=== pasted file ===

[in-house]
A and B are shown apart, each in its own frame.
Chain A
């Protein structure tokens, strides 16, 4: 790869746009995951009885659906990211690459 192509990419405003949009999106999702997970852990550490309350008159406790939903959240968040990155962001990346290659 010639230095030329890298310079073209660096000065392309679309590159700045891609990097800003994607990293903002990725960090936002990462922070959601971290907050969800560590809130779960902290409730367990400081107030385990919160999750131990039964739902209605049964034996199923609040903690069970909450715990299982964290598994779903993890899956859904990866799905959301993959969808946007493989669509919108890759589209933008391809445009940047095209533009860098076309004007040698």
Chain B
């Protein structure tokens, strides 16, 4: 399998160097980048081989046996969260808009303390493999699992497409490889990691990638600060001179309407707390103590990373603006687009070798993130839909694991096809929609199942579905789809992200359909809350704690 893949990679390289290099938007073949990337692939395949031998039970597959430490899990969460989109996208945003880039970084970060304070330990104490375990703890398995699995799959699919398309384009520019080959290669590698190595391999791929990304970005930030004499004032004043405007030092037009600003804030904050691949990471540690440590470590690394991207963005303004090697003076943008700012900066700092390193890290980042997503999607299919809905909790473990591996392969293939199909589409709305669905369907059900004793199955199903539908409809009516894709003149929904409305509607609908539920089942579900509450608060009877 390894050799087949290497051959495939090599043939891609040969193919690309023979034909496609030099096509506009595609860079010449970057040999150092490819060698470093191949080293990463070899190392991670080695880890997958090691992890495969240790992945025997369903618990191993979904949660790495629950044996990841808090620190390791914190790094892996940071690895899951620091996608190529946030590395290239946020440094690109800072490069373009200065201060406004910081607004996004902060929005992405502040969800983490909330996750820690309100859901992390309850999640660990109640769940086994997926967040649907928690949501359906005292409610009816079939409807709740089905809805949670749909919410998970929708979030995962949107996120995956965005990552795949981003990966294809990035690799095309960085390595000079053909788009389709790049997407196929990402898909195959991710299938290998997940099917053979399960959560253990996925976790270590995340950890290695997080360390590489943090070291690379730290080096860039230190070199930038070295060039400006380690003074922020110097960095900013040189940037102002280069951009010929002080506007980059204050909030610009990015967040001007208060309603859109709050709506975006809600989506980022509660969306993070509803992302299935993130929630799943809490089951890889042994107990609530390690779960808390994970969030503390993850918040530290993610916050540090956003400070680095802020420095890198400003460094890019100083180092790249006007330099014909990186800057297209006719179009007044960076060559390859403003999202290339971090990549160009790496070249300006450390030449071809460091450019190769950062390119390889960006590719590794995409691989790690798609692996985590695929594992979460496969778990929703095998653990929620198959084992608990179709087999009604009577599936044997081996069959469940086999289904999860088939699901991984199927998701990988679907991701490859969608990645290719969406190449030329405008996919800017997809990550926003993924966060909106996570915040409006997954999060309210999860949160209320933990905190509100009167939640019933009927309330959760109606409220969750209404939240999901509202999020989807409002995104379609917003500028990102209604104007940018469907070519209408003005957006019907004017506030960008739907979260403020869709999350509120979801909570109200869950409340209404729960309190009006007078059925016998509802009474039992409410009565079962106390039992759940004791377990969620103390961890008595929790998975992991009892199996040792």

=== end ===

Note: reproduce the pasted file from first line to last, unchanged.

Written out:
[in-house]
A and B are shown apart, each in its own frame.
Chain A
């Protein structure tokens, strides 16, 4: 790869746009995951009885659906990211690459 192509990419405003949009999106999702997970852990550490309350008159406790939903959240968040990155962001990346290659 010639230095030329890298310079073209660096000065392309679309590159700045891609990097800003994607990293903002990725960090936002990462922070959601971290907050969800560590809130779960902290409730367990400081107030385990919160999750131990039964739902209605049964034996199923609040903690069970909450715990299982964290598994779903993890899956859904990866799905959301993959969808946007493989669509919108890759589209933008391809445009940047095209533009860098076309004007040698």
Chain B
């Protein structure tokens, strides 16, 4: 399998160097980048081989046996969260808009303390493999699992497409490889990691990638600060001179309407707390103590990373603006687009070798993130839909694991096809929609199942579905789809992200359909809350704690 893949990679390289290099938007073949990337692939395949031998039970597959430490899990969460989109996208945003880039970084970060304070330990104490375990703890398995699995799959699919398309384009520019080959290669590698190595391999791929990304970005930030004499004032004043405007030092037009600003804030904050691949990471540690440590470590690394991207963005303004090697003076943008700012900066700092390193890290980042997503999607299919809905909790473990591996392969293939199909589409709305669905369907059900004793199955199903539908409809009516894709003149929904409305509607609908539920089942579900509450608060009877 390894050799087949290497051959495939090599043939891609040969193919690309023979034909496609030099096509506009595609860079010449970057040999150092490819060698470093191949080293990463070899190392991670080695880890997958090691992890495969240790992945025997369903618990191993979904949660790495629950044996990841808090620190390791914190790094892996940071690895899951620091996608190529946030590395290239946020440094690109800072490069373009200065201060406004910081607004996004902060929005992405502040969800983490909330996750820690309100859901992390309850999640660990109640769940086994997926967040649907928690949501359906005292409610009816079939409807709740089905809805949670749909919410998970929708979030995962949107996120995956965005990552795949981003990966294809990035690799095309960085390595000079053909788009389709790049997407196929990402898909195959991710299938290998997940099917053979399960959560253990996925976790270590995340950890290695997080360390590489943090070291690379730290080096860039230190070199930038070295060039400006380690003074922020110097960095900013040189940037102002280069951009010929002080506007980059204050909030610009990015967040001007208060309603859109709050709506975006809600989506980022509660969306993070509803992302299935993130929630799943809490089951890889042994107990609530390690779960808390994970969030503390993850918040530290993610916050540090956003400070680095802020420095890198400003460094890019100083180092790249006007330099014909990186800057297209006719179009007044960076060559390859403003999202290339971090990549160009790496070249300006450390030449071809460091450019190769950062390119390889960006590719590794995409691989790690798609692996985590695929594992979460496969778990929703095998653990929620198959084992608990179709087999009604009577599936044997081996069959469940086999289904999860088939699901991984199927998701990988679907991701490859969608990645290719969406190449030329405008996919800017997809990550926003993924966060909106996570915040409006997954999060309210999860949160209320933990905190509100009167939640019933009927309330959760109606409220969750209404939240999901509202999020989807409002995104379609917003500028990102209604104007940018469907070519209408003005957006019907004017506030960008739907979260403020869709999350509120979801909570109200869950409340209404729960309190009006007078059925016998509802009474039992409410009565079962106390039992759940004791377990969620103390961890008595929790998975992991009892199996040792």